ChromeOS has come a long way since Google launched it in 2011, over 10 years ago now. It’s gotten Android app support, Linux programs, better integration with Android phones, and a host of UI improvements. I hadn’t touched the OS in years, so I decided to give it a try while I temporarily moved to a different workstation and then went on vacation.
That experience did not thrill me. For my workflow, ChromeOS was fine, but not as good as macOS or Linux. And for personal use on the road, I did not find Google’s desktop OS sufficient. Again, I’d much rather use macOS or Linux, or even Windows, for my mobile needs.
I spent the better part of a fortnight with ChromeOS as my exclusive desktop operating system. Here’s what I found.
ChromeOS: The Good
ChromeOS has many strengths, obviously. Otherwise, it wouldn’t be the education juggernaut that it is. For being centered around Chrome, it’s an incredibly efficient OS, booting up in mere seconds and working well, even on underpowered machines.
I installed ChromeOS Flex on two devices, a low-power Celeron mini PC (Geekom MiniAir 11) and a 2012 MacBook Pro. Performance-wise, I enjoyed the simplistic experience. Web pages loaded reasonably quickly and I hardly noticed any lag.
ChromeOS’ strength lies in that simplicity I just mentioned. It excels at providing the basic computer experience most people need. Since so much of our lives these days is online, ChromeOS offers most of what you could ask for if you just want to access email, social media, online education stuff, and so on.
But these points in ChromeOS’ favor did not outweigh the cons for me.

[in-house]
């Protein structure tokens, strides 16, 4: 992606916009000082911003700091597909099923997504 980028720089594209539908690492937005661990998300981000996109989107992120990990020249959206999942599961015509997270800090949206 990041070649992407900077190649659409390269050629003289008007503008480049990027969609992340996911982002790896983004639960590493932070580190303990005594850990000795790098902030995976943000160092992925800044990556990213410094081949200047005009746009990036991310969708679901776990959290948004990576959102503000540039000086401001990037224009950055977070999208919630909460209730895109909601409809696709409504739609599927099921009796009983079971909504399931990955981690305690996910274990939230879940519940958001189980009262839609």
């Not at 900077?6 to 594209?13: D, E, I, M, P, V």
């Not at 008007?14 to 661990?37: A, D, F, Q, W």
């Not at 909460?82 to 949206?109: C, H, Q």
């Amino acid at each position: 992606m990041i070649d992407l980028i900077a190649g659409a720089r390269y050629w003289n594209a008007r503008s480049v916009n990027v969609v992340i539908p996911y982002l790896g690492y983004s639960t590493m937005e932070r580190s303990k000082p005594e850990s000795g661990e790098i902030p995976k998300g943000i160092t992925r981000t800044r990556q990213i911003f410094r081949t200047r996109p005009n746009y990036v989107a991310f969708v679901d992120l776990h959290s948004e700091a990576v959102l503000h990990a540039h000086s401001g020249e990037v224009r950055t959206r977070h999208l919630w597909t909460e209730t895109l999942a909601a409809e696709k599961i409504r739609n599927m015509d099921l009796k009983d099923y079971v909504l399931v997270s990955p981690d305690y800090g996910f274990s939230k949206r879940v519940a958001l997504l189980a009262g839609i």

ChromeOS: The Bad
My biggest problem comes down to this: App compatibility, especially in ChromeOS Flex. This has long been an issue with ChromeOS, a common complaint many have made since 2011. So I won’t retread old ground, but even with Linux compatibility, I struggled with both my professional and personal workflows.
The former was actually the least offensive. I had access to Chrome, so I could get all of my work bookmarks, history, etc. Linux let me do some things I needed, like GIMP, but other things struggled, like Slack. In fact, with Slack and Discord, the apps flat out wouldn’t work. Every time I’d sign in, they’d open a browser tab and redirect me to the web version. While I could live without Discord on my MacBook, Slack on web was much more difficult than the native program.
ChromeOS Flex lacks support for the Play Store. Google touted Android app support as one of the mitigation tools against ChromeOS’ usability problems. In my previous experience, I found it serviceable as a patchwork solution. But its moderate benefits do not grace Flex, meaning that my homebrew Chromebox and Chromebook were hamstrung.
The Linux compatibility layer is nice, I’ll say that. The fact that it uses Debian and apt made things smoother for me, having learned most of what I know about Linux on Debian-based distros. I could install some software, like VS Code, Obsidian, and Synology Drive thanks to DEB and Flatpak files. But getting Wine to work right proved difficult — I never did get Scrivener to work right, despite following the same steps I did on Manjaro and Fedora.
I respect ChromeOS for most people, but if you need native software that does not have a web version, your success will be hit or miss. I was fine until I ran into things that wouldn’t launch (I had a lot of trouble with AppImages, for example), or sluggish performance on some Flatpaks, even on the modern Celeron-based mini PC.
All told, I gladly went back to my Fedora workstation when I was able, and I managed to get macOS Monterey installed on my 2012 MacBook Pro, despite it being unsupported. (Yes, I technically have a Hackintosh now — maybe I’ll tell you about that experience sometime, too.)
From this experiment, I learned that ChromeOS is not for me. So who is it for? It’s meant for people who need a simpler computing experience. There’s a reason it’s so strong in education environments. I also recommend ChromeOS to less tech-savvy people who just want to browse the internet, but still want a PC instead of relying on a phone or tablet.
But for me? This ain’t it, chief. And that’s fine. So if you’re like me and use a lot of native software that doesn’t have a web option, I’d stay away from ChromeOS as your main operating system. It certainly let me down when I’d rather it hadn’t.
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